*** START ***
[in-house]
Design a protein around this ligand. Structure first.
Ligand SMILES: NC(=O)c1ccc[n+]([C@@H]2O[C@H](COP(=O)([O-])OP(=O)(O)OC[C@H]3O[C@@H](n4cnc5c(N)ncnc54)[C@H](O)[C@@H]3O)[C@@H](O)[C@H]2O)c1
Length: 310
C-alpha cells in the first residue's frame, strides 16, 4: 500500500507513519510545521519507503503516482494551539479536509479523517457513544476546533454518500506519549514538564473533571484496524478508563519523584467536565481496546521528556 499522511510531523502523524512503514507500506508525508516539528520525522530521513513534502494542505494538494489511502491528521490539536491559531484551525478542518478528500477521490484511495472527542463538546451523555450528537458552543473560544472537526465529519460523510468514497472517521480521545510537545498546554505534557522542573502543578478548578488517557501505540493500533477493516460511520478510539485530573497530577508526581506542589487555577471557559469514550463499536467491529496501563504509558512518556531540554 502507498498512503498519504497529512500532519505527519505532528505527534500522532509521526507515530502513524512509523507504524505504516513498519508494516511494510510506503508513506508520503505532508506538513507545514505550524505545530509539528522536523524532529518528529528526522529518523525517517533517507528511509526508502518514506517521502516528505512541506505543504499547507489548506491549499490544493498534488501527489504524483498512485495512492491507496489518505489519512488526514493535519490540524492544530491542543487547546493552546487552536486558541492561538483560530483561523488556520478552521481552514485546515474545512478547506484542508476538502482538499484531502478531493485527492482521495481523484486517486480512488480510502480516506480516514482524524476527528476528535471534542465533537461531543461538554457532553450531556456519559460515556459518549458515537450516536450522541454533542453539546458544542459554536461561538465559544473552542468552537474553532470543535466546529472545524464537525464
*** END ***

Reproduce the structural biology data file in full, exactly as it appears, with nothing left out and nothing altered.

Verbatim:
[in-house]
Design a protein around this ligand. Structure first.
Ligand SMILES: NC(=O)c1ccc[n+]([C@@H]2O[C@H](COP(=O)([O-])OP(=O)(O)OC[C@H]3O[C@@H](n4cnc5c(N)ncnc54)[C@H](O)[C@@H]3O)[C@@H](O)[C@H]2O)c1
Length: 310
C-alpha cells in the first residue's frame, strides 16, 4: 500500500507513519510545521519507503503516482494551539479536509479523517457513544476546533454518500506519549514538564473533571484496524478508563519523584467536565481496546521528556 499522511510531523502523524512503514507500506508525508516539528520525522530521513513534502494542505494538494489511502491528521490539536491559531484551525478542518478528500477521490484511495472527542463538546451523555450528537458552543473560544472537526465529519460523510468514497472517521480521545510537545498546554505534557522542573502543578478548578488517557501505540493500533477493516460511520478510539485530573497530577508526581506542589487555577471557559469514550463499536467491529496501563504509558512518556531540554 502507498498512503498519504497529512500532519505527519505532528505527534500522532509521526507515530502513524512509523507504524505504516513498519508494516511494510510506503508513506508520503505532508506538513507545514505550524505545530509539528522536523524532529518528529528526522529518523525517517533517507528511509526508502518514506517521502516528505512541506505543504499547507489548506491549499490544493498534488501527489504524483498512485495512492491507496489518505489519512488526514493535519490540524492544530491542543487547546493552546487552536486558541492561538483560530483561523488556520478552521481552514485546515474545512478547506484542508476538502482538499484531502478531493485527492482521495481523484486517486480512488480510502480516506480516514482524524476527528476528535471534542465533537461531543461538554457532553450531556456519559460515556459518549458515537450516536450522541454533542453539546458544542459554536461561538465559544473552542468552537474553532470543535466546529472545524464537525464